Chiller pours cold water on Russia cheats meet - Metro US

Chiller pours cold water on Russia cheats meet

Kitty Chiller (R), Chef de Mission for Australia at the Rio 2016 Olympic Games, leads a news conference with boxer Daniel Lewis in which she described the problems that her country's delegation encountered with the athletes' housing in Rio de Janeiro, July 25, 2016. REUTERS/Rickey Rogers

(Reuters) – Australia’s Olympic delegation head Kitty Chiller has questioned Russia’s determination to eliminate drug cheats after it was announced that the country would host an alternative event for banned track and field athletes in Moscow.

On Wednesday, the International Association of Athletics Federation (IAAF) upheld the ban on 67 Russian track and field athletes for systematic state-sponsored doping, ending any hopes they had of competing at next month’s Rio Games.

The Moscow tournament, which was announced by Russian state news agency TASS, will feature banned athletes including Olympic high jump champion Ivan Ukhov and world 110 meters hurdles champion Sergey Shubenkov.

“On one hand Russia is saying they want to change their system and the culture of doping in their country,” Chiller told reporters on Thursday.

“And yet to organise an event for those cheats and for those dopers I think is completely the wrong message.”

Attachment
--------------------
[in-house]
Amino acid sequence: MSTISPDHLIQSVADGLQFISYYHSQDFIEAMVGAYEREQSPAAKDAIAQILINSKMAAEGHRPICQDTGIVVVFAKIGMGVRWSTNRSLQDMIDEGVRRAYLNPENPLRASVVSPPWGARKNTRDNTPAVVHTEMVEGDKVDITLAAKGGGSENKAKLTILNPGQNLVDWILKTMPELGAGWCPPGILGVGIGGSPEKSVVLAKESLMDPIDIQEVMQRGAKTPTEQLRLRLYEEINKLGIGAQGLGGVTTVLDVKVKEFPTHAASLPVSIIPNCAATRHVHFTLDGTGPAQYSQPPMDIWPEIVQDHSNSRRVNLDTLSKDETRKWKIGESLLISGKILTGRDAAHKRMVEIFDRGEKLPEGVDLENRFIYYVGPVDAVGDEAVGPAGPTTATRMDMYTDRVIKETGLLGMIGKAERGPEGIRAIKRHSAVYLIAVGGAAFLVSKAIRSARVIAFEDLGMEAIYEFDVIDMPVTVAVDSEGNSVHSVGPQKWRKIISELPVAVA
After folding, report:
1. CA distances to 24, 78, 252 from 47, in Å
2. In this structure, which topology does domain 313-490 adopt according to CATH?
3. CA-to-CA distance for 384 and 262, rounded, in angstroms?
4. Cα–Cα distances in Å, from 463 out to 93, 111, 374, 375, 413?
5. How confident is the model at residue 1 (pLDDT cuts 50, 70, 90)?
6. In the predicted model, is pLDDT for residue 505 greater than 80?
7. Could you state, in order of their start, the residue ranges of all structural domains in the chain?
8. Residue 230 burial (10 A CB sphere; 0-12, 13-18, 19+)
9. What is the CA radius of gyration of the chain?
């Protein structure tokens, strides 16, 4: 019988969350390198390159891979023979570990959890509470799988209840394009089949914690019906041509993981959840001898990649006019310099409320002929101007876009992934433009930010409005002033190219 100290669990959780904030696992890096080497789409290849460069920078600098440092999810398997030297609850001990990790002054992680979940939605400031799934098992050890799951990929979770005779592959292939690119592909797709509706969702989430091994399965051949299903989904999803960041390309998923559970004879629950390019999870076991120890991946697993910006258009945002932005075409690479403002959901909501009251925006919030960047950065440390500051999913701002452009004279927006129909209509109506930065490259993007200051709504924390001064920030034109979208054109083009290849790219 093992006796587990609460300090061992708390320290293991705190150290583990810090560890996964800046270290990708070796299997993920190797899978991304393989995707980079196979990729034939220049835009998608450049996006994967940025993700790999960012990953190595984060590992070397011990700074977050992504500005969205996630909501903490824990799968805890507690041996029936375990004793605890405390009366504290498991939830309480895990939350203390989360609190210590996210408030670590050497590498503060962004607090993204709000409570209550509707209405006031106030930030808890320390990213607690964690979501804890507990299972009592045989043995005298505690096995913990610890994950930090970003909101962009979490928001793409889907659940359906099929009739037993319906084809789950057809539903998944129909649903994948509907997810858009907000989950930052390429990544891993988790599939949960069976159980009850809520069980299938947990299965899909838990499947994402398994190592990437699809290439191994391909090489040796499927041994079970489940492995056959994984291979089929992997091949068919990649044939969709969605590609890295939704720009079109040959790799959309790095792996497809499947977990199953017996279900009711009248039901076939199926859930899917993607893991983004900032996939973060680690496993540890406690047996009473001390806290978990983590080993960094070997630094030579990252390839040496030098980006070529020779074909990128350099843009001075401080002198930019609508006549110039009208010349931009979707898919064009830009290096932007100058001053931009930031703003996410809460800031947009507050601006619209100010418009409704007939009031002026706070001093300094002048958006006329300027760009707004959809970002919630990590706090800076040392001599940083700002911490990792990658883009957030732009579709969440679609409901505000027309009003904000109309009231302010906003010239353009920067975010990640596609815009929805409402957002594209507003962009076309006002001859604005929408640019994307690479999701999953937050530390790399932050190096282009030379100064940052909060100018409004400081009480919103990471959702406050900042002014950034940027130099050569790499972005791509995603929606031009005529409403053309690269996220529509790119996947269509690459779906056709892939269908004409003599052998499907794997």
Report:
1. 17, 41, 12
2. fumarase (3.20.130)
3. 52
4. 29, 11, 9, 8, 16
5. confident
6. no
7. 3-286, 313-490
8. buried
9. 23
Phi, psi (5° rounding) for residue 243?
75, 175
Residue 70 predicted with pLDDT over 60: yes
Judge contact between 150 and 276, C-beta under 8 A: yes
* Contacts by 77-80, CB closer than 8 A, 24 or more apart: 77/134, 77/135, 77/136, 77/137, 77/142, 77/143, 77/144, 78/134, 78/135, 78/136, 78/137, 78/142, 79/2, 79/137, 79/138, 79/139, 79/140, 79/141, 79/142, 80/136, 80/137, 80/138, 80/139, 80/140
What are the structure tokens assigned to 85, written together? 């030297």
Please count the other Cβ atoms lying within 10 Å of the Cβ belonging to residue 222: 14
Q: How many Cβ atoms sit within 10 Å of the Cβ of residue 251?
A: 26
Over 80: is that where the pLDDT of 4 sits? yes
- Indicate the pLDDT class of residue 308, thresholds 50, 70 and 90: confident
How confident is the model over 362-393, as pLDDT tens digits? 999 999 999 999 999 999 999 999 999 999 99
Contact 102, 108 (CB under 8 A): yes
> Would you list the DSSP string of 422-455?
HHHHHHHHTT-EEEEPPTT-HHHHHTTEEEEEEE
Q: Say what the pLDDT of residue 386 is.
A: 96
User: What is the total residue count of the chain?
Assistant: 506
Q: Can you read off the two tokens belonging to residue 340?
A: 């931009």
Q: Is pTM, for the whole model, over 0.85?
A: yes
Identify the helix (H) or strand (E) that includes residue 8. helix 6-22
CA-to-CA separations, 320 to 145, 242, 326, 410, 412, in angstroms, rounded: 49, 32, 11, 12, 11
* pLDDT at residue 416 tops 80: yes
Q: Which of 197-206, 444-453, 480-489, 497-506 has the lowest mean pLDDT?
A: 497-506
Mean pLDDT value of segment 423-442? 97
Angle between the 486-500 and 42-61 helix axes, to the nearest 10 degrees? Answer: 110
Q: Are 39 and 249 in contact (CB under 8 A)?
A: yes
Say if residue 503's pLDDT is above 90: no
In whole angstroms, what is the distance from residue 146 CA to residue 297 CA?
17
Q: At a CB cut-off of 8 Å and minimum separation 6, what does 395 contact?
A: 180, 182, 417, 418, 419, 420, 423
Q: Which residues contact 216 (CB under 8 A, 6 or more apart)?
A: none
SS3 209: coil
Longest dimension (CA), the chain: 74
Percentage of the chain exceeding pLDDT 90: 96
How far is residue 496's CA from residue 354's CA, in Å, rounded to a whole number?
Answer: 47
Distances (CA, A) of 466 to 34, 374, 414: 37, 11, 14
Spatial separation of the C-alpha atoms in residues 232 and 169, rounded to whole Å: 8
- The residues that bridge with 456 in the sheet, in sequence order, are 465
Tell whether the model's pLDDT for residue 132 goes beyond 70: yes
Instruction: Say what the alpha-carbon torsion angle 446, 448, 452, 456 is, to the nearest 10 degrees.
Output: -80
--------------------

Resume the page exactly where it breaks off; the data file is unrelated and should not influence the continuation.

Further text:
The Australian gymnastics team are awaiting a decision by the international federation (FIG) on Russian athletes to see if they will replace them, while the women’s eight rowing crew has been handed a berth in place of a banned Russian team.

Chiller, however, feels Australian athletes should avoid getting distracted by the Russian doping situation when they are in Rio.

“I’ll be encouraging all our team members in all our sports to focus on their own performance. The (Russian) decision has been made, there is nothing we can do about it,” Chiller added.

“The hurdles that those Russian athletes who have been cleared to compete, the hurdles that they had to jump to be here are very strict and very high.

“We need to accept that process, it was a strict, it was a fair process, and get on with it. Focus on our own lane, on our performance and focus on our own best result that we can possibly do.”

(Reporting by Nivedita Shankar in Bengaluru; Editing by John O’Brien)

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